Answering machine?

While radio, and later television, were widespread, other forms of communication in the GDR were often lacking technical facilities.

Telephone lines to some areas had not been extended or modernized since before WWII and people could not be provided with their own telephone connection. If people wanted to talk to each other they had to visit and or leave a note at the door if they weren’t home.

The scarcity of telephone lines was not only a problem in the GDR. The author remembers having waited for a phone for several years in the early 1970s in West-Berlin. In the GDR, there was sometimes only one single telephone line in vilages which belonged to the post office or the village shop. But even in Berlin the everday routine never included telephone calls in private life. Necessary phone calls had to be made from work.

The note pad shown was assembled by a carved and laquered wooden plate with a cash register paper roll on top. It is one of several examples of home-made objects in the museum collections.

How to cite this page

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Andreas Ludwig, 'Answering machine?', Inventing Europe, http://www.inventingeurope.eu/story/answering-machine

Sources

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  1. Abc des Ostens. 26 Objektgeschichten, edited by Dokumentationszentrum Alltagskultur der DDR. Cottbus, 2003.
  2. Alltag: DDR. Geschichten, Fotos, Objekte, edited by Dokumentationszentrum Alltagskultur der DDR. Berlin: Ch. Links, 2012.
  3. Fortschritt, Norm & Eigensinn. Erkundungen im Alltag der DDR, edited by Dokumentationszentrum Alltagskultur der DDR. Berlin: Ch. Links, 1999.
  4. Guter Rat, Verlag für die Frau, Leipzig, 1965-1990 (formerly Guter Rat für heute und morgen).
  5. Krössin, Dominque. “Wie mach ich´s mir selbst? Die Zeitschrift practic und das Heimwerken.” In: Wunderwirtschaft. Die DDR-Konsumkultur in den 60er Jahren, edited by the Neue Gesellschaft für bildende Kunst,160-165. Köln, Weimar, Wien: Böhlau, 1996.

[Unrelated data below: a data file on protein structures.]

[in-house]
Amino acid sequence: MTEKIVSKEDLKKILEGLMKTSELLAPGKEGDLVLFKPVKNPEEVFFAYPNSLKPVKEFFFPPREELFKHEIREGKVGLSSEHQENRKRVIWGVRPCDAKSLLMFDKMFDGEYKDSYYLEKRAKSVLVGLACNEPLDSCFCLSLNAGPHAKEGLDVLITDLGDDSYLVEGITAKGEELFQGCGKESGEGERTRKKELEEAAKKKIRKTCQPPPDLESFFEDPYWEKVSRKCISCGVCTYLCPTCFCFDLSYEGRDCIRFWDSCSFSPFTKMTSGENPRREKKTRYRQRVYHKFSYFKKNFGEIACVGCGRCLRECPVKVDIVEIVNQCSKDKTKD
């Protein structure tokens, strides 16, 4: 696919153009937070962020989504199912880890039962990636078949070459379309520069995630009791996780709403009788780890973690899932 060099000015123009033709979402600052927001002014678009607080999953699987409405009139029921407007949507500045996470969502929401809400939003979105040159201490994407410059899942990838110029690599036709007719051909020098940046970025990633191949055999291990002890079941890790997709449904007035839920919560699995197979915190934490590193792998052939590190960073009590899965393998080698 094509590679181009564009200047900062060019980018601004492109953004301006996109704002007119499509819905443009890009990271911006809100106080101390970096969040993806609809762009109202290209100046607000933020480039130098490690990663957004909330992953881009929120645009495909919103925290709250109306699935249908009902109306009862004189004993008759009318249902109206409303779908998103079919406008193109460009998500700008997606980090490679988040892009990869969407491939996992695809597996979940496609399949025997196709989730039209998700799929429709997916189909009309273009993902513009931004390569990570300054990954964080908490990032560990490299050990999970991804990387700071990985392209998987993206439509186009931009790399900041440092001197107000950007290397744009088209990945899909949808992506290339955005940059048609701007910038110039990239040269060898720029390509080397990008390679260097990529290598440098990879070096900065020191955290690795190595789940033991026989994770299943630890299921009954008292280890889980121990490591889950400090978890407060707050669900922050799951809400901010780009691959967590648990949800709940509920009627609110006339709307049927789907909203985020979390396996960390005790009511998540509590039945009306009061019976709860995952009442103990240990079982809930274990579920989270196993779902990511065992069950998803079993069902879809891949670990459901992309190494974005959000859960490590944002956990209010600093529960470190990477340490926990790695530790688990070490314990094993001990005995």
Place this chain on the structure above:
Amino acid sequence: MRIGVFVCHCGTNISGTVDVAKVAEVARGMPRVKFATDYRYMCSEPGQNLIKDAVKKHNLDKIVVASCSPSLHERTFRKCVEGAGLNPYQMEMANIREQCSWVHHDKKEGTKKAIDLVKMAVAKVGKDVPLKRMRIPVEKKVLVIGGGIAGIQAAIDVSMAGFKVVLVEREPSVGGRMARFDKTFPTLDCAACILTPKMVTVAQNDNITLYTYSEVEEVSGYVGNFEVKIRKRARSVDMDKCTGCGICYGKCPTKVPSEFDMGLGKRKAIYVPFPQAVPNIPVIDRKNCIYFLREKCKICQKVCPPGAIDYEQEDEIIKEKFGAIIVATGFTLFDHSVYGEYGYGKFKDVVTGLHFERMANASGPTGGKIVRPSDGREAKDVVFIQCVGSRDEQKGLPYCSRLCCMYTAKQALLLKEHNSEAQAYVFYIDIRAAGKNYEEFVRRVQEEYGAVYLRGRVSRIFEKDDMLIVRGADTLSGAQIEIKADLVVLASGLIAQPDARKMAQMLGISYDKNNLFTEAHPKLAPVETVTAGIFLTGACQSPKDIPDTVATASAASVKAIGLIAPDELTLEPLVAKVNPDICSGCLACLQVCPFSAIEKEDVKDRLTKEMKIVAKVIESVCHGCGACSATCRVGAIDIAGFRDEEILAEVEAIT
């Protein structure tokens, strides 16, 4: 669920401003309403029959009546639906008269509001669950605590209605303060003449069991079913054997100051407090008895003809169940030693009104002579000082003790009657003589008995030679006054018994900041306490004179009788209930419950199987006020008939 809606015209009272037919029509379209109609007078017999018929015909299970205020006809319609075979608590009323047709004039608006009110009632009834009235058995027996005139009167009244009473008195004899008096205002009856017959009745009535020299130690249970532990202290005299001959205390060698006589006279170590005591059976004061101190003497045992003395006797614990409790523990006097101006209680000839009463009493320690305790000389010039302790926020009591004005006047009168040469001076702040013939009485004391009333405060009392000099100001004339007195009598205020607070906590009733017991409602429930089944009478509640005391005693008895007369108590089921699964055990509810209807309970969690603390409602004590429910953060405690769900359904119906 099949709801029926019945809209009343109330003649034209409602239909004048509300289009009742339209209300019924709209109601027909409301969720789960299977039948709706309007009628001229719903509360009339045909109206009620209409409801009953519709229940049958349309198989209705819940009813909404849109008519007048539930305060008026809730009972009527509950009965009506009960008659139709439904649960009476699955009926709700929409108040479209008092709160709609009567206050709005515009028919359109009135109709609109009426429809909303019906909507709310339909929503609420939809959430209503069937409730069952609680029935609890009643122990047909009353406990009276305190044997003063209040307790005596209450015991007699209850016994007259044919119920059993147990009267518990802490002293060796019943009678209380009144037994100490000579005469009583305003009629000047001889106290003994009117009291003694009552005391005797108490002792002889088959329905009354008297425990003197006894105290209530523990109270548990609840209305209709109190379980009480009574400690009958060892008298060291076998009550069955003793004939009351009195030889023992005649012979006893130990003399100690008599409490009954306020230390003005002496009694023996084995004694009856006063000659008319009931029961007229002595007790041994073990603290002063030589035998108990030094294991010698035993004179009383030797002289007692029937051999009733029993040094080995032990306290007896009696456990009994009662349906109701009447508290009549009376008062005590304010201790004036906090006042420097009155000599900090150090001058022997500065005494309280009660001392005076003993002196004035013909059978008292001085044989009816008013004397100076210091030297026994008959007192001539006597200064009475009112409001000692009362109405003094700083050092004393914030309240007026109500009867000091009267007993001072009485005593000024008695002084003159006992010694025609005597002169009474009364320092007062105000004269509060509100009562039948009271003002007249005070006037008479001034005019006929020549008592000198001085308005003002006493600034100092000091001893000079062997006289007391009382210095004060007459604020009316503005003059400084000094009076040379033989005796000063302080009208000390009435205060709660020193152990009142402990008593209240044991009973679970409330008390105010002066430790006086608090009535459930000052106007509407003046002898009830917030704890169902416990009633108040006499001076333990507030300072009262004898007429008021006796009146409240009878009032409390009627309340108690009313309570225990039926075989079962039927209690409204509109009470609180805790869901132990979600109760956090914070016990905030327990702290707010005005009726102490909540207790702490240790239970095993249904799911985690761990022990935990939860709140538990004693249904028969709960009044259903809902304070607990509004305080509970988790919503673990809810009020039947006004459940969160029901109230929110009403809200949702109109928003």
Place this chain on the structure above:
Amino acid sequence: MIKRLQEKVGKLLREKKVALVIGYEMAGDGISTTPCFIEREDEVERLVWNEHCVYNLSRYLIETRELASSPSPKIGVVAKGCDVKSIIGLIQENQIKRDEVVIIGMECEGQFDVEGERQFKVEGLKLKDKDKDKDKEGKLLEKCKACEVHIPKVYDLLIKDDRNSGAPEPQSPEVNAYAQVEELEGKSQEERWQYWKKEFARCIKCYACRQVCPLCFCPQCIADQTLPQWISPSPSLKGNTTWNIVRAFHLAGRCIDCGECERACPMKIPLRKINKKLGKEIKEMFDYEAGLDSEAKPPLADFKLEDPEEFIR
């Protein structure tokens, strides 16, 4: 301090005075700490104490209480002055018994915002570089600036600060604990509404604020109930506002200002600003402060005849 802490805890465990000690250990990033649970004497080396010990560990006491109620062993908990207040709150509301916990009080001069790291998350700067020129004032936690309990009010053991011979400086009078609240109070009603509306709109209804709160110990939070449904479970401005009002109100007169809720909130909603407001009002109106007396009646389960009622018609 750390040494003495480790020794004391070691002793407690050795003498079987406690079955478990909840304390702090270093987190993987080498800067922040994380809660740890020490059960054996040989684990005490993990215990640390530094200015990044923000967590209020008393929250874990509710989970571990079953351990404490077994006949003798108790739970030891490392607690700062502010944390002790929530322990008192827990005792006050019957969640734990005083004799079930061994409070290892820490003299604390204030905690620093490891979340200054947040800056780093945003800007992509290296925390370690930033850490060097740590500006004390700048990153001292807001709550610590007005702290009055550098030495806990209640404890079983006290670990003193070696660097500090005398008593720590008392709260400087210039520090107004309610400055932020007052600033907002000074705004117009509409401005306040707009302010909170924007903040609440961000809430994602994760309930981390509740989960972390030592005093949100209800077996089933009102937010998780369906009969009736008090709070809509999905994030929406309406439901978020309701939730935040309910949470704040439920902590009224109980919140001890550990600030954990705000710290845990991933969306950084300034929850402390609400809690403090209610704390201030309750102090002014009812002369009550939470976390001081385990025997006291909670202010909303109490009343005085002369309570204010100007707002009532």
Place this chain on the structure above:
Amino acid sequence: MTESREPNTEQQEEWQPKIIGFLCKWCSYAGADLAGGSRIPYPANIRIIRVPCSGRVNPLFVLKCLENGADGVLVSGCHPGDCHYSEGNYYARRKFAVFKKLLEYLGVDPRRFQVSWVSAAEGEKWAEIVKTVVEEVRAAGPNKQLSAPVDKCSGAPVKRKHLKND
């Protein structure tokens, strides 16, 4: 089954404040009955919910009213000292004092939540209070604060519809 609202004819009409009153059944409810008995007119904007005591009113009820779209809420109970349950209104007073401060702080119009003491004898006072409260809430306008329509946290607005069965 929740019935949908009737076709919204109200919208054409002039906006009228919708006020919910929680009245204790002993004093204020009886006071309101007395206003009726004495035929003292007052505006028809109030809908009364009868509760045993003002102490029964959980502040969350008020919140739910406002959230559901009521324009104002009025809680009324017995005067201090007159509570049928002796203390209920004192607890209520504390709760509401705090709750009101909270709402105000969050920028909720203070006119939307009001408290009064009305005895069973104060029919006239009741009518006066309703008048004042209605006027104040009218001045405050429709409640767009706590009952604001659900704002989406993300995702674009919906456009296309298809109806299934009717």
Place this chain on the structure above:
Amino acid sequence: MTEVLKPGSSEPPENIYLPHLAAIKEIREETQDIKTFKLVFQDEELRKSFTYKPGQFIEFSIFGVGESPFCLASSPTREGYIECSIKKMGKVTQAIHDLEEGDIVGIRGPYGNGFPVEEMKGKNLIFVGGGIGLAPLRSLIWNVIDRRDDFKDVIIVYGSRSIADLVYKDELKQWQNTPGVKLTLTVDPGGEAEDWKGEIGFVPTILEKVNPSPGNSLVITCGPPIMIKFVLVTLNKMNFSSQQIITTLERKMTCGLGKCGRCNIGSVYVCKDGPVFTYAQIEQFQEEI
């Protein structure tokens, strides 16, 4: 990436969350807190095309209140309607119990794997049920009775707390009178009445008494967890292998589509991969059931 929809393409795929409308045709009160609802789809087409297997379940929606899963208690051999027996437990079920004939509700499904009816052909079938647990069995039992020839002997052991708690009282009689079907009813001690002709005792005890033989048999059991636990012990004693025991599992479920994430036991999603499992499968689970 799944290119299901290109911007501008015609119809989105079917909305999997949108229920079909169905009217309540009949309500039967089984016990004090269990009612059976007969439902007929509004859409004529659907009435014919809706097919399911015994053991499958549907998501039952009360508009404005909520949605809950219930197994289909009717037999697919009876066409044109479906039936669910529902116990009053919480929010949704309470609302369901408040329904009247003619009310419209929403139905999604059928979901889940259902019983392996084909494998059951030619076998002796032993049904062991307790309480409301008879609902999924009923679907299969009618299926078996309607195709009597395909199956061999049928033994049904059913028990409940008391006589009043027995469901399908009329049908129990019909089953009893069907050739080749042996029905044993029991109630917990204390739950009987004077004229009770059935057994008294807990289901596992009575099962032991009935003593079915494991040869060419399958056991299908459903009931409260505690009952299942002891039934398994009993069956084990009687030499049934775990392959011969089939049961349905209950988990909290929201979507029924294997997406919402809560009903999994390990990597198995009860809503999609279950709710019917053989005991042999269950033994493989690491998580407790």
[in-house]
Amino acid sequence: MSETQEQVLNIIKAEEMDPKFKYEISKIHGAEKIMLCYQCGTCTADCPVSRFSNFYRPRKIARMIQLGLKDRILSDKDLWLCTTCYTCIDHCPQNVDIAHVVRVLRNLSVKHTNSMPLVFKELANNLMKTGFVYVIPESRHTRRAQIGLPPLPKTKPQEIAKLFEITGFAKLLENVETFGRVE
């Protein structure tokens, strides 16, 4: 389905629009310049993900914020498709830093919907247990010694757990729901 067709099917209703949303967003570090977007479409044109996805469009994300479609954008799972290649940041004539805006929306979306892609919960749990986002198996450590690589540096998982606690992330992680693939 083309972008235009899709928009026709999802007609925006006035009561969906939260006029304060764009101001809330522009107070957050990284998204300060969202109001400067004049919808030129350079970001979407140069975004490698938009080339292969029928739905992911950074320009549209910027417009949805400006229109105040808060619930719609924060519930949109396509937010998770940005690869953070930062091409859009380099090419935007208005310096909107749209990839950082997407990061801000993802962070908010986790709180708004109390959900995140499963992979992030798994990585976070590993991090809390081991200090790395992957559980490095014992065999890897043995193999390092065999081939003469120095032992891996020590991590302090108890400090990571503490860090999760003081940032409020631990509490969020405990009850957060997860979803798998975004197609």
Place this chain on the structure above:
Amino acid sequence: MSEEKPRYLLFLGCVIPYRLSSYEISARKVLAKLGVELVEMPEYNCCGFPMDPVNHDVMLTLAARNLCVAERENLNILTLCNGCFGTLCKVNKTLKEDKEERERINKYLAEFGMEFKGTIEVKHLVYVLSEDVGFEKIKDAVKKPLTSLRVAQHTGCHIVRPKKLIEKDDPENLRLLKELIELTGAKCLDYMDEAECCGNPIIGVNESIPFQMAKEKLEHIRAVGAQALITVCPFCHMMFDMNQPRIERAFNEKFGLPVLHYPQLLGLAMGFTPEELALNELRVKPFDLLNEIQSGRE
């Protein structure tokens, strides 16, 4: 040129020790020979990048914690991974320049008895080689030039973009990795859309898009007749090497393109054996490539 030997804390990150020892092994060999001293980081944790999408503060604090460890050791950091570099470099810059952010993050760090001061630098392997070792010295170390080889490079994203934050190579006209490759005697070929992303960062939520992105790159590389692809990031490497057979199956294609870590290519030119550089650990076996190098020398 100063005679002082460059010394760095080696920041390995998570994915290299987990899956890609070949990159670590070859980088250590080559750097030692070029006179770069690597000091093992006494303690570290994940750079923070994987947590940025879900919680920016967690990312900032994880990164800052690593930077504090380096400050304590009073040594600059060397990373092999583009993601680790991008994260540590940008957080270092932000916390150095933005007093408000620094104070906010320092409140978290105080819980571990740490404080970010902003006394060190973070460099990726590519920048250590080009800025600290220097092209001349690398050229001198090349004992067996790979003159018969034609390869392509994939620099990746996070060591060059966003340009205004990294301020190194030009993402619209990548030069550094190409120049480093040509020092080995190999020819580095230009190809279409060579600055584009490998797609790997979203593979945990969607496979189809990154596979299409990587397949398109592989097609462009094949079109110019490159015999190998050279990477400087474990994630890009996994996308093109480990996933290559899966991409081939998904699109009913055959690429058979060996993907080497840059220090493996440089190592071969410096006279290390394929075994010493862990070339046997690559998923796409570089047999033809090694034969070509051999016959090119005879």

6. Magazin für Haus und Wohnung. VEB Verlag für Bauwesen Berlin.
  7. Merkel, Ina. Utopie und Bedürfnis, Die Geschichte der Konsumkultur in der DDR. Köln/Weimar/Wien: Böhlau, 1999.
  8. Pahlke, Stefan. “Warten auf ein Telefon, mit Permanenz und Penetranz.” In Wunderwirtschaft. Die DDR-Konsumkultur in den 60er Jahren, edited by Neue Gesellschaft für bildende Kunst, 166-174. Köln, Weimar, Wien: Böhlau, 1996.
  9. Practic. Verlag Junge Welt, Berlin, 1967-1990 (formerly: Modellbau und Basteln).
  10. Wunderwirtschaft. Die DDR-Konsumkultur in den 60er Jahren, edited by the Neue Gesellschaft für bildende Kunst. Köln, Weimar, Wien: Böhlau, 1996.

About this tour

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DIY under Short Supply

In pre-electronic times, many people had sufficient manual skills to repair, modify or even construct artifacts of daily use beyond mass production. While for most people DIY is rather a leisure activity, in the GDR and other state socialist countries, it was also a necessity to overcome shortages in production and supply within the plan economy. Home-made things highlight the importance of a 'second economy' of self-organization as part of an up-coming consumer society in the East that was trying in many ways to match the West.

What's like this?

The German Democratic Republic



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